U.S. scientists say they have found the brain chemistry that underlies "cue-induced" craving in cocaine addicts.
Scientists from the National Institute on Drug Abuse, the Brookhaven National Laboratory and the University of Pennsylvania say their finding suggests new targets for medications aimed at treating addiction.
"Drug craving triggered by cues -- such as the sight, smell, and other sensory stimuli associated with a particular drug like cocaine - is central to addiction and poses an obstacle to successful therapy for many individuals," said NIDA Director Nora Volkow, lead author of the study. "If we can understand the mechanisms related to cue-induced craving, we can develop more effective treatment strategies to counteract it."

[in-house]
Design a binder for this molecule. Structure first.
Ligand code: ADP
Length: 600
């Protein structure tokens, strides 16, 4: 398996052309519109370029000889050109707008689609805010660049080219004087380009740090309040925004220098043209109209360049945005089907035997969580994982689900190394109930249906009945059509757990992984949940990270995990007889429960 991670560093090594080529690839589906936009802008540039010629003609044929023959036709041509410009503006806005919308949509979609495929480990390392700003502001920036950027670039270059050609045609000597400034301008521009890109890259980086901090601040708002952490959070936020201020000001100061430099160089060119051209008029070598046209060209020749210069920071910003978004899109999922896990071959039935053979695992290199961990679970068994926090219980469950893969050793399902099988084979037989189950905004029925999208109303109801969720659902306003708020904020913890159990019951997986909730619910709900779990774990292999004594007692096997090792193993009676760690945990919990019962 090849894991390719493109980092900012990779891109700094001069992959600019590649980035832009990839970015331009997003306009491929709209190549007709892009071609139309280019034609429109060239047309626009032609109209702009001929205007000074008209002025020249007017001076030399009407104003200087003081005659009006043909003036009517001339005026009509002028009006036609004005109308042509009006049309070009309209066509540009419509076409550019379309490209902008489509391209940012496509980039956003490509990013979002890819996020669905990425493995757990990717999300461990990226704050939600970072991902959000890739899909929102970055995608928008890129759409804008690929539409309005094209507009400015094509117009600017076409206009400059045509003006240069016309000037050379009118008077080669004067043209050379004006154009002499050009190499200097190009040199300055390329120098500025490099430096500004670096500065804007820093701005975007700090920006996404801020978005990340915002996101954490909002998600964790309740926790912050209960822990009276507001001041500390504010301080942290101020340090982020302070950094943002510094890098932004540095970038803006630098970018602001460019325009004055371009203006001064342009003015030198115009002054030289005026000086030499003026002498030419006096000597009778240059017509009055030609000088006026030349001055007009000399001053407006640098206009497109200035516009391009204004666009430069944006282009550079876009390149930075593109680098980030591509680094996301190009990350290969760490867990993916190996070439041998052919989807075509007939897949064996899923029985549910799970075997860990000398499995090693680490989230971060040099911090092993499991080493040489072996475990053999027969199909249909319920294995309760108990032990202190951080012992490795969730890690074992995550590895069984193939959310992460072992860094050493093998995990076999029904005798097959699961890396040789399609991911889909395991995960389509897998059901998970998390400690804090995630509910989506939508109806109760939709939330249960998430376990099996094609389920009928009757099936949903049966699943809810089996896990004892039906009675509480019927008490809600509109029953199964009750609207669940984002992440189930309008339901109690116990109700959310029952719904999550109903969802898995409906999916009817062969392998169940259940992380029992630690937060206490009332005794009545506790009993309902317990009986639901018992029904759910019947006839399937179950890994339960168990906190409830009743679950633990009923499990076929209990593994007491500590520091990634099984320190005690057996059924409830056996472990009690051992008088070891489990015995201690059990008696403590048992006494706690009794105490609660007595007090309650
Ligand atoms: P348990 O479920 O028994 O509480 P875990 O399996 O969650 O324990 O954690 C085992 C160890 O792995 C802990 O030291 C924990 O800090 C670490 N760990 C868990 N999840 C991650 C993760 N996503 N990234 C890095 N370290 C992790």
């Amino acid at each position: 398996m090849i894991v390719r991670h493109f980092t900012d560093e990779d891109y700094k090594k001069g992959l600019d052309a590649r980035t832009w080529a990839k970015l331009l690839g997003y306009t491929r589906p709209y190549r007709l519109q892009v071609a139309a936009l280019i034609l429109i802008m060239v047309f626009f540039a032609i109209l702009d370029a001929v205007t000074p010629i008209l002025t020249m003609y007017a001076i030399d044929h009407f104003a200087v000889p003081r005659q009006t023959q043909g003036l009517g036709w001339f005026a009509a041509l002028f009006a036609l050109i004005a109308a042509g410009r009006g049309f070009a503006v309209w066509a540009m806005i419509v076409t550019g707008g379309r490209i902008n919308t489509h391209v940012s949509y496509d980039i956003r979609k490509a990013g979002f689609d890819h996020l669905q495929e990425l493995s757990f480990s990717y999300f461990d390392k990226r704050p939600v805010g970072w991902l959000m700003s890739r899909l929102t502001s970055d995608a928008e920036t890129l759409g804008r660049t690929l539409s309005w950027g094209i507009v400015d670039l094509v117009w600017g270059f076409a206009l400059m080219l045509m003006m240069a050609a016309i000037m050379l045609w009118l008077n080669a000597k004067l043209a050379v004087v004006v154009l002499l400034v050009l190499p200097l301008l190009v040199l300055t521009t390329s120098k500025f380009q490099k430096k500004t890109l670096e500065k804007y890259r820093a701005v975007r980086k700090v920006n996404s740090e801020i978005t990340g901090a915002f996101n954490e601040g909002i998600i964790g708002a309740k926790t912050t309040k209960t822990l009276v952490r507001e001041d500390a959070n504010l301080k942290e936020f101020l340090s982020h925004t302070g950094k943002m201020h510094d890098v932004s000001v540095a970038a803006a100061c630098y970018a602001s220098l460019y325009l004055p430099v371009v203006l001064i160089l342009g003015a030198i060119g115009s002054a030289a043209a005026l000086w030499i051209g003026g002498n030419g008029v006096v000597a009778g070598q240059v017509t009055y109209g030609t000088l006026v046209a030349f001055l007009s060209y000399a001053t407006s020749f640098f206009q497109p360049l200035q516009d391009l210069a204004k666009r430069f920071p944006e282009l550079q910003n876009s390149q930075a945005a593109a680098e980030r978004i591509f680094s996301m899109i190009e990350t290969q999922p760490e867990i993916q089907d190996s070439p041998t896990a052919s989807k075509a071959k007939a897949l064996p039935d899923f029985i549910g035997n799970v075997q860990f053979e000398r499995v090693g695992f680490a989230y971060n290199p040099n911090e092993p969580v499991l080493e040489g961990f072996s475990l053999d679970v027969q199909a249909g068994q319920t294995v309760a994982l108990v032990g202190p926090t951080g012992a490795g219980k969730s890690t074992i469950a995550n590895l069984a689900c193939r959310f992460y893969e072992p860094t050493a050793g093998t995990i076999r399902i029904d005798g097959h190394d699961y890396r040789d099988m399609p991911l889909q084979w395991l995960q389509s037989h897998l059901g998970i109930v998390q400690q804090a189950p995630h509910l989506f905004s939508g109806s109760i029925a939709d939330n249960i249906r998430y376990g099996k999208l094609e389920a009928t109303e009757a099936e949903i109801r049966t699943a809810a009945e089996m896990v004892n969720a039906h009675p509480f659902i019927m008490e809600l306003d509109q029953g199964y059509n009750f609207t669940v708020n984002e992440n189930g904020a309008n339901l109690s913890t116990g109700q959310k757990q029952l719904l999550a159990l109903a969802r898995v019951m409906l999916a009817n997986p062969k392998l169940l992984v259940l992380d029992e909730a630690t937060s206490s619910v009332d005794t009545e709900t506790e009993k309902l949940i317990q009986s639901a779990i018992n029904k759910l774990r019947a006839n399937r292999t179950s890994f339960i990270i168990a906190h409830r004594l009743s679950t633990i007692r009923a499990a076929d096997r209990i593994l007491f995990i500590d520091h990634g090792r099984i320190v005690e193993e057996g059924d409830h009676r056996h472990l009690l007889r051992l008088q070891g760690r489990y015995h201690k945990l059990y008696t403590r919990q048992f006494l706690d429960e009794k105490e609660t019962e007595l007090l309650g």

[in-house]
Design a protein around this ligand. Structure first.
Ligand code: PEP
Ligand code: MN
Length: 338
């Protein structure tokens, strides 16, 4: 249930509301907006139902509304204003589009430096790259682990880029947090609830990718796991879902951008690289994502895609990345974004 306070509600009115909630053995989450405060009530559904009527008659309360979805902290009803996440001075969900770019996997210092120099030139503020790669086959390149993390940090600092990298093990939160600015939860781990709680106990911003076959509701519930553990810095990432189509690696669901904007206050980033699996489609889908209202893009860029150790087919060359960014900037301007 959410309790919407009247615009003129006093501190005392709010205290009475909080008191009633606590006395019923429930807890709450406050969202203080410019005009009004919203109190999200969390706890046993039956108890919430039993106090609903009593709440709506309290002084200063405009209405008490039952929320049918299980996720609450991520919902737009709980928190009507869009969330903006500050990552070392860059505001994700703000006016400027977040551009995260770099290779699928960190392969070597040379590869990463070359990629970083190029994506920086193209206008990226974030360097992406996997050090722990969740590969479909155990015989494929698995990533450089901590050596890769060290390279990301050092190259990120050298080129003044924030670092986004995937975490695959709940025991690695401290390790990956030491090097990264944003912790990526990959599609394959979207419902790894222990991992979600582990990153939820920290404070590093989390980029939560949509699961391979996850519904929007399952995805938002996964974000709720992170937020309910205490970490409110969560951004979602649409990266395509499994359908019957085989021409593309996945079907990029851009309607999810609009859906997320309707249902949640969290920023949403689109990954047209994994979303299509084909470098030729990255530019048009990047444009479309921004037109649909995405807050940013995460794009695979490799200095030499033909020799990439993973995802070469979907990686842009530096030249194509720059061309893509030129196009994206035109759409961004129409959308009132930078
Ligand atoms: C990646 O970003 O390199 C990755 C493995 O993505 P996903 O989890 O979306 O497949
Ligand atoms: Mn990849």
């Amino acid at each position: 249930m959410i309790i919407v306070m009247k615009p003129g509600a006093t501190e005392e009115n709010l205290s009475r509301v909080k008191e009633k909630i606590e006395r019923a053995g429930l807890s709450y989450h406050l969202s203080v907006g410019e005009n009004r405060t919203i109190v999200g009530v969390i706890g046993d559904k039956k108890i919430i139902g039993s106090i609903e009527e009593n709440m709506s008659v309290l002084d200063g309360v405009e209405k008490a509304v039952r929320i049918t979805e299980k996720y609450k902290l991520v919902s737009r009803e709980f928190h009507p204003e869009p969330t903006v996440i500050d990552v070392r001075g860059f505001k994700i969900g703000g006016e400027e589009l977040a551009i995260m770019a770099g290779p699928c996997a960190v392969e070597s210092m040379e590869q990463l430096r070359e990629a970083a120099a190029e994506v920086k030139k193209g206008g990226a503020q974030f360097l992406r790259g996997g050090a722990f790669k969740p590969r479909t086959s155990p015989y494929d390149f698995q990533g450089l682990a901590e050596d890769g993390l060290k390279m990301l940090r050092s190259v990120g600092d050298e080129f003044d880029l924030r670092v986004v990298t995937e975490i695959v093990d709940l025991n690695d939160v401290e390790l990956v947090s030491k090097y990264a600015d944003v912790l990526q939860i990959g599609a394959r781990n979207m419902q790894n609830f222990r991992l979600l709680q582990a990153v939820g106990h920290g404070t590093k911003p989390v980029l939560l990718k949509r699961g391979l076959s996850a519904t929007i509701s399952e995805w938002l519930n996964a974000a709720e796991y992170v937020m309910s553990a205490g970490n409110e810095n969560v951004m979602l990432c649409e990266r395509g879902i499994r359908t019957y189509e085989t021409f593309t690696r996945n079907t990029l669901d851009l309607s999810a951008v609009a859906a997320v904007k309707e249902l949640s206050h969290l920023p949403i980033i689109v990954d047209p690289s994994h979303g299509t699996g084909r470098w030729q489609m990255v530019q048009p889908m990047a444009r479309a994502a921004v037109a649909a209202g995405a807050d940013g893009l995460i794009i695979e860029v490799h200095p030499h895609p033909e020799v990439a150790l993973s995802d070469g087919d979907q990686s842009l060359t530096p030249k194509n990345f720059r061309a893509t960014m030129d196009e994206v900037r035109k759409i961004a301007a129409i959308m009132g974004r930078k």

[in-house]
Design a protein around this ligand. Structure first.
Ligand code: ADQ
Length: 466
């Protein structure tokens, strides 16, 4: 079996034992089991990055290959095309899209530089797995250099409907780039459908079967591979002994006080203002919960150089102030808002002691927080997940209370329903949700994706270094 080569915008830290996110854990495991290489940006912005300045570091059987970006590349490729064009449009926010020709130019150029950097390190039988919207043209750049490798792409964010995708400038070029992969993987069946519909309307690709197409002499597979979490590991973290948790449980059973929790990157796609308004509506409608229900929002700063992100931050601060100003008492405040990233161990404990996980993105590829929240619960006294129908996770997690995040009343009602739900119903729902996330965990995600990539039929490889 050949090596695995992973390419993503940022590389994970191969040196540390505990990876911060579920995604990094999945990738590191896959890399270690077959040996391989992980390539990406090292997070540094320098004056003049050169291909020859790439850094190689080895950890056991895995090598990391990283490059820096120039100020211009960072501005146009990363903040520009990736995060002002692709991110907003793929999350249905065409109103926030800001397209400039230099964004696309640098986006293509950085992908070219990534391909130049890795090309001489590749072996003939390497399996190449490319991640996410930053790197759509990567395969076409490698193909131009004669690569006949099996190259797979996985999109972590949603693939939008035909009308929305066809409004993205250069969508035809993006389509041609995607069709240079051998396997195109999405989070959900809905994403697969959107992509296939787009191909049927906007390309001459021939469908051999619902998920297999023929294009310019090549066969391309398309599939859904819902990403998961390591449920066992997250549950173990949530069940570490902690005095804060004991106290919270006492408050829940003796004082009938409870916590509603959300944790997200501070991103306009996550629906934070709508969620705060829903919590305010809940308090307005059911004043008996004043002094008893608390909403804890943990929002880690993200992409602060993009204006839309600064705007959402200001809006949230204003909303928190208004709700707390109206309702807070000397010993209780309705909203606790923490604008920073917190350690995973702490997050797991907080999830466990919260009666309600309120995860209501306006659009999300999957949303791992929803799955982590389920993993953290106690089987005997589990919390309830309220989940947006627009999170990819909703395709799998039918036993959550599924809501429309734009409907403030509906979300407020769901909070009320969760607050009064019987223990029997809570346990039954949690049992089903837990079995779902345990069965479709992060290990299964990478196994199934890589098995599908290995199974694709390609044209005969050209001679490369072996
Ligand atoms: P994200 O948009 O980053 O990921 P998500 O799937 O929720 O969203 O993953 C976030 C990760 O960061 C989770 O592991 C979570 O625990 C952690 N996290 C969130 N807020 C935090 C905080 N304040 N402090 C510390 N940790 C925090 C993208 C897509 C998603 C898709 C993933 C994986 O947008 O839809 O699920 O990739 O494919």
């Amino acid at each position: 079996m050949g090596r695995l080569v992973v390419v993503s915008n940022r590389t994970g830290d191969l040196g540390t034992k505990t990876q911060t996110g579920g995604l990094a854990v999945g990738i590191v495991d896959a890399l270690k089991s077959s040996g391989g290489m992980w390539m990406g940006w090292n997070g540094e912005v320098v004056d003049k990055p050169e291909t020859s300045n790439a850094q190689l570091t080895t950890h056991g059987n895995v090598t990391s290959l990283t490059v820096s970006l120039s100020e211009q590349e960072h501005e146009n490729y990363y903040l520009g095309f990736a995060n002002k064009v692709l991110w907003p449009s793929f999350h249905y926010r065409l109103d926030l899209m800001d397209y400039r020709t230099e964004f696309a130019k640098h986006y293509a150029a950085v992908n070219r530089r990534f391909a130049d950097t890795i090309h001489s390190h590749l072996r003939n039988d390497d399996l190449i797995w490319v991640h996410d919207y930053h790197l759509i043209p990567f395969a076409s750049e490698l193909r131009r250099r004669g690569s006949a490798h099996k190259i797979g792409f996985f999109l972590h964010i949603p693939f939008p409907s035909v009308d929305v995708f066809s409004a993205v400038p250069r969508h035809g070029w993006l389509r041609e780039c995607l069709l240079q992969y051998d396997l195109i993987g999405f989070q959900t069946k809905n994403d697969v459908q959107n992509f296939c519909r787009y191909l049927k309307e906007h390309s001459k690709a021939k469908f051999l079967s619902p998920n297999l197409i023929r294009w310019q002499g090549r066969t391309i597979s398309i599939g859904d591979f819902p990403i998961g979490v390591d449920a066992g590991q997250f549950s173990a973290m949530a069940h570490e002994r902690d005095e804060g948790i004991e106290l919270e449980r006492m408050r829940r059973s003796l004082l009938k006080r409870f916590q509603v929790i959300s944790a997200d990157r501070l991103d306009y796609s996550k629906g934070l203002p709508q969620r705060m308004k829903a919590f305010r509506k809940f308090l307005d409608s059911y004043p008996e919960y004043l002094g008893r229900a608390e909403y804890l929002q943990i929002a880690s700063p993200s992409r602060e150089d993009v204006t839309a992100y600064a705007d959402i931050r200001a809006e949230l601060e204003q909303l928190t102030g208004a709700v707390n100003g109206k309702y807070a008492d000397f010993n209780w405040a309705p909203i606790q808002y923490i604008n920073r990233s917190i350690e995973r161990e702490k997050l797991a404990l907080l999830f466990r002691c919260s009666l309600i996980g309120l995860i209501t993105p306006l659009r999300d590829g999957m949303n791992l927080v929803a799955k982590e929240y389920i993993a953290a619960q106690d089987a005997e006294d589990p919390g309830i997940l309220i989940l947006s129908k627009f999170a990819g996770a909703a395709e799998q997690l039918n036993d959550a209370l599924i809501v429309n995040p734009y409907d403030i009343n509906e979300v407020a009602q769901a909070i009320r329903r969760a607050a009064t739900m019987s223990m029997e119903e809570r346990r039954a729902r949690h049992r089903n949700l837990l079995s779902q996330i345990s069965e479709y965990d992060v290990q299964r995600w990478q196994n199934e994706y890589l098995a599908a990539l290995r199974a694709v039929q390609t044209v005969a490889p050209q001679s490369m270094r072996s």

Previous research conducted at Brookhaven and elsewhere has shown that all addictive drugs increase the level of dopamine -- a neurotransmitter associated with feelings of pleasure -- in a part of the brain known as the nucleus accumbens.
Scientists measured dopamine levels in various parts of the brains in 18 cocaine addicts as they watched a "cocaine-cues" video featuring people buying and using cocaine, and as they watched a "neutral" video of natural scenery.
The study is detailed in the Journal of Neuroscience.
Copyright 2006 by United Press International
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